Music Live: Documents of the reconstruction

REM

EARL'S COURT

LONDON

INTERESTING TIMES for , these. On the face of things, they've dealt with drummer Bill Berry's early retirement remarkably well, but anyone who saw the recent Channel 4 documentary on the band would recognise that something uncertain lurks in Bill's slipstream. On last year's Up album, Stipe, Buck and Mills still scored a remarkable result. Pushing the envelope yet again, they dabbled with analogue drum machines and synthesisers to come up trumps.

Live, however, 's inter-band chemistry has always had a delicate balance, and this tour seemed set to test their mettle further. Tonight, the remaining trio were joined by multi-instrumentalists Scott McCaughey and Ken Stringfellow, and Beck's drummer Joey Waronker. Overcompensation for the missing Berry, perhaps?

There's no denying that Michael Stipe is an odd character. His vein-doodled bald head tapers away to his chin like a Mekon's. He has charisma, integrity and one of the most instantly recognisable voices in popular music, but I found it harder to buy into his on-stage persona than almost everyone else in Earl's Court. There was a point where Stipe started to tell a joke about an elephant and a mouse, then stopped abruptly. What's this guy on? Fortunately, there's this other factor, these things called "songs" which excel in. Songs transcend pretension. They can transform three average Joes into cultural icons. Tonight, all-American folk classics like "Losing My Religion" and "Sweetness Follows" provided reason enough to sing Stipe's praises, and even John Denver lookalike Mike Mills seemed kind of cool as he was playing "Man on the Moon".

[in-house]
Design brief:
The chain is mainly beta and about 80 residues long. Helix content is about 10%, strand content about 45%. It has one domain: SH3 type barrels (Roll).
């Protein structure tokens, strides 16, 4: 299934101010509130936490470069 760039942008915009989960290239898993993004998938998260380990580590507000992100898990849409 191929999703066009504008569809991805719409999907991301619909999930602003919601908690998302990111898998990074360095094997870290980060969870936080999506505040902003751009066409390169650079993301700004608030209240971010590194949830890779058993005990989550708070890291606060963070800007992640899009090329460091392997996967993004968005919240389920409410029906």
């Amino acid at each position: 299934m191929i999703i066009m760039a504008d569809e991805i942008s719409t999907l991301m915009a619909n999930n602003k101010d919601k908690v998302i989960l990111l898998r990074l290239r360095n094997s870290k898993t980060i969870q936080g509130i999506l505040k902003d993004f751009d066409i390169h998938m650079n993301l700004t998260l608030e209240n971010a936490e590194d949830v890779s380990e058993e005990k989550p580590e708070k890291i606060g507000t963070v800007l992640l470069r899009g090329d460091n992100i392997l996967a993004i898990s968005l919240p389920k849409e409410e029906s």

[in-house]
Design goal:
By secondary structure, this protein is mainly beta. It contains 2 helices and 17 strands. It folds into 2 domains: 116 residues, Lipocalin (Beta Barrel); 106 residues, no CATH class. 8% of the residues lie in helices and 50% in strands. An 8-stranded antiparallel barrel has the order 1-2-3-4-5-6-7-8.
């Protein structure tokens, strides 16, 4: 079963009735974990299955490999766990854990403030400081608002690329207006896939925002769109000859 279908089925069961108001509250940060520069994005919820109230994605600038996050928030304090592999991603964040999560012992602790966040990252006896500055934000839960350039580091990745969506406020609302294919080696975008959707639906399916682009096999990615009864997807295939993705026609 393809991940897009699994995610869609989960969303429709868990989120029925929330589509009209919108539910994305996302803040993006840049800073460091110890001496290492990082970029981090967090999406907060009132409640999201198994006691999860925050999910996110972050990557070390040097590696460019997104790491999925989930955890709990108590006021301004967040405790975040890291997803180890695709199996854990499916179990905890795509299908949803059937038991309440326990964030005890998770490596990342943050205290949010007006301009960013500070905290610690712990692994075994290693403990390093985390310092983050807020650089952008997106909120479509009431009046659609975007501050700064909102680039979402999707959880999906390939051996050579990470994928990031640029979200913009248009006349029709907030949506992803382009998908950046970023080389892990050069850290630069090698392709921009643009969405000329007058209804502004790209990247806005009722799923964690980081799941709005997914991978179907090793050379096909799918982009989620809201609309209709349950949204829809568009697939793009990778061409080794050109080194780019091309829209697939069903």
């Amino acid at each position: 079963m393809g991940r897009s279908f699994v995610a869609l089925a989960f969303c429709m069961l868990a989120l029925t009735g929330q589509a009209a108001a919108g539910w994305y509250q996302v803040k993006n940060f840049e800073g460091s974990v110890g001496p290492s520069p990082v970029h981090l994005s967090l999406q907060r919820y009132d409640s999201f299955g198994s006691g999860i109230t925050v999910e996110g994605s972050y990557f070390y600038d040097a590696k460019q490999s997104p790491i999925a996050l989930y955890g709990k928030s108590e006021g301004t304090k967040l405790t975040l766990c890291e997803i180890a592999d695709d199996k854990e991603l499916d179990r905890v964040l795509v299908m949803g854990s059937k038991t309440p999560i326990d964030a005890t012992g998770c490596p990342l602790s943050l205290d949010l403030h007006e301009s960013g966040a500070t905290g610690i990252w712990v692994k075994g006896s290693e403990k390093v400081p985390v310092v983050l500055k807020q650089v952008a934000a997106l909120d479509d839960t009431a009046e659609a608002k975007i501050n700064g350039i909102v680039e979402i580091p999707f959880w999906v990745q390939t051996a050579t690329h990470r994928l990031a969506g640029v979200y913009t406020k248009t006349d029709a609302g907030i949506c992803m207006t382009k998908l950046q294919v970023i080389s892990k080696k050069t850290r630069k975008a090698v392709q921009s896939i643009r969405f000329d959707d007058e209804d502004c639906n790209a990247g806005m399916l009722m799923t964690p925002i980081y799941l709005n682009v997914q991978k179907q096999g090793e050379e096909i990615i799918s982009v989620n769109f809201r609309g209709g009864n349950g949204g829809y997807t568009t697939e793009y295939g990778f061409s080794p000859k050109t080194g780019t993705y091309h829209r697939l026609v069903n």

Stipe may occasionally be a somewhat self-conscious star, but he doesn't shun the limelight. He's famous for knowing the famous and, with his chums Courtney Love and Patti Smith both in town for their own shows, one wondered if either of them would make a guest appearance. In the end, Stipe kept the spotlight to himself, occasionally stepping forward to wiggle his hips at the front rows. His trademark shamanistic dancing seems to have become a little more camp lately. There were moments when he made Jimmy Somerville look butch. The legend is still potent enough for their audience to indulge them but, in places, the balance between new and old material was a little delicate tonight. Of the new songs, "Daysleeper" and "At My Most Beautiful" stood out by a country mile, and the audience reacted accordingly. These are undoubtedly the tracks from Up which sound most like classic . Go figure.

play Glastonbury tonight. `Suspicion', the new single, is out Mon (WEA). A version of this review appeared in later editions of Wednesday's paper

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